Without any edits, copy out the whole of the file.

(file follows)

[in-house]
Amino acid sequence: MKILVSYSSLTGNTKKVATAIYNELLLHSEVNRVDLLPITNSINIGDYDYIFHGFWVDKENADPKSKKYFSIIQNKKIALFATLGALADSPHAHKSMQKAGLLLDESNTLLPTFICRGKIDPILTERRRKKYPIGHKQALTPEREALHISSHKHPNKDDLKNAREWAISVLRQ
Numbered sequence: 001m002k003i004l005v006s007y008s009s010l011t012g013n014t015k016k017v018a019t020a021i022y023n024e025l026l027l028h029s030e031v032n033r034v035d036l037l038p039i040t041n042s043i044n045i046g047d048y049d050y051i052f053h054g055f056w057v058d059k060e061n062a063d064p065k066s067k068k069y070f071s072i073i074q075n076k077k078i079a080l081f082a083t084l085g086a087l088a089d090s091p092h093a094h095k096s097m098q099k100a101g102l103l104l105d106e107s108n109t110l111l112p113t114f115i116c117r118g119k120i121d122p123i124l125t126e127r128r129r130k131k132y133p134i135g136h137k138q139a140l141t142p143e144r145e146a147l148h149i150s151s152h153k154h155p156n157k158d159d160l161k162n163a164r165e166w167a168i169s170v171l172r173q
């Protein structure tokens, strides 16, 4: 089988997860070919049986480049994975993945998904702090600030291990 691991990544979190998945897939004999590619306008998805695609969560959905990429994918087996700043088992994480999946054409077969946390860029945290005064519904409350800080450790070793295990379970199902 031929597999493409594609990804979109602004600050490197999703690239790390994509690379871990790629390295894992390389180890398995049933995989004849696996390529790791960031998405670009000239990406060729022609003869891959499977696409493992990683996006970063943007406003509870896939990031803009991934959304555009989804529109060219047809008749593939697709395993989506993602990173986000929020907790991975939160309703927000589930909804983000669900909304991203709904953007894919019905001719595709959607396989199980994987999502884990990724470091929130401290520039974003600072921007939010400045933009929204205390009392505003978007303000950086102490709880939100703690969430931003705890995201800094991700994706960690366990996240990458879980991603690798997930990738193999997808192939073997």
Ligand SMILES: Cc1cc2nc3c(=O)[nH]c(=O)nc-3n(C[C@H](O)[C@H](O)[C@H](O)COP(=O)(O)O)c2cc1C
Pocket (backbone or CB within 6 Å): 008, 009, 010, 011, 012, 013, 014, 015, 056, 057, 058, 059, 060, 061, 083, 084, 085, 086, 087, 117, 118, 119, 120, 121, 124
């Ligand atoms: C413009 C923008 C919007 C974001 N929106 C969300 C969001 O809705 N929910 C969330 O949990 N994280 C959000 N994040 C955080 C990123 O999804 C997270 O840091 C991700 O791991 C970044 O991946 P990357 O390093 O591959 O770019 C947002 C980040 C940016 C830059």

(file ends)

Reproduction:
[in-house]
Amino acid sequence: MKILVSYSSLTGNTKKVATAIYNELLLHSEVNRVDLLPITNSINIGDYDYIFHGFWVDKENADPKSKKYFSIIQNKKIALFATLGALADSPHAHKSMQKAGLLLDESNTLLPTFICRGKIDPILTERRRKKYPIGHKQALTPEREALHISSHKHPNKDDLKNAREWAISVLRQ
Numbered sequence: 001m002k003i004l005v006s007y008s009s010l011t012g013n014t015k016k017v018a019t020a021i022y023n024e025l026l027l028h029s030e031v032n033r034v035d036l037l038p039i040t041n042s043i044n045i046g047d048y049d050y051i052f053h054g055f056w057v058d059k060e061n062a063d064p065k066s067k068k069y070f071s072i073i074q075n076k077k078i079a080l081f082a083t084l085g086a087l088a089d090s091p092h093a094h095k096s097m098q099k100a101g102l103l104l105d106e107s108n109t110l111l112p113t114f115i116c117r118g119k120i121d122p123i124l125t126e127r128r129r130k131k132y133p134i135g136h137k138q139a140l141t142p143e144r145e146a147l148h149i150s151s152h153k154h155p156n157k158d159d160l161k162n163a164r165e166w167a168i169s170v171l172r173q
């Protein structure tokens, strides 16, 4: 089988997860070919049986480049994975993945998904702090600030291990 691991990544979190998945897939004999590619306008998805695609969560959905990429994918087996700043088992994480999946054409077969946390860029945290005064519904409350800080450790070793295990379970199902 031929597999493409594609990804979109602004600050490197999703690239790390994509690379871990790629390295894992390389180890398995049933995989004849696996390529790791960031998405670009000239990406060729022609003869891959499977696409493992990683996006970063943007406003509870896939990031803009991934959304555009989804529109060219047809008749593939697709395993989506993602990173986000929020907790991975939160309703927000589930909804983000669900909304991203709904953007894919019905001719595709959607396989199980994987999502884990990724470091929130401290520039974003600072921007939010400045933009929204205390009392505003978007303000950086102490709880939100703690969430931003705890995201800094991700994706960690366990996240990458879980991603690798997930990738193999997808192939073997």
Ligand SMILES: Cc1cc2nc3c(=O)[nH]c(=O)nc-3n(C[C@H](O)[C@H](O)[C@H](O)COP(=O)(O)O)c2cc1C
Pocket (backbone or CB within 6 Å): 008, 009, 010, 011, 012, 013, 014, 015, 056, 057, 058, 059, 060, 061, 083, 084, 085, 086, 087, 117, 118, 119, 120, 121, 124
């Ligand atoms: C413009 C923008 C919007 C974001 N929106 C969300 C969001 O809705 N929910 C969330 O949990 N994280 C959000 N994040 C955080 C990123 O999804 C997270 O840091 C991700 O791991 C970044 O991946 P990357 O390093 O591959 O770019 C947002 C980040 C940016 C830059």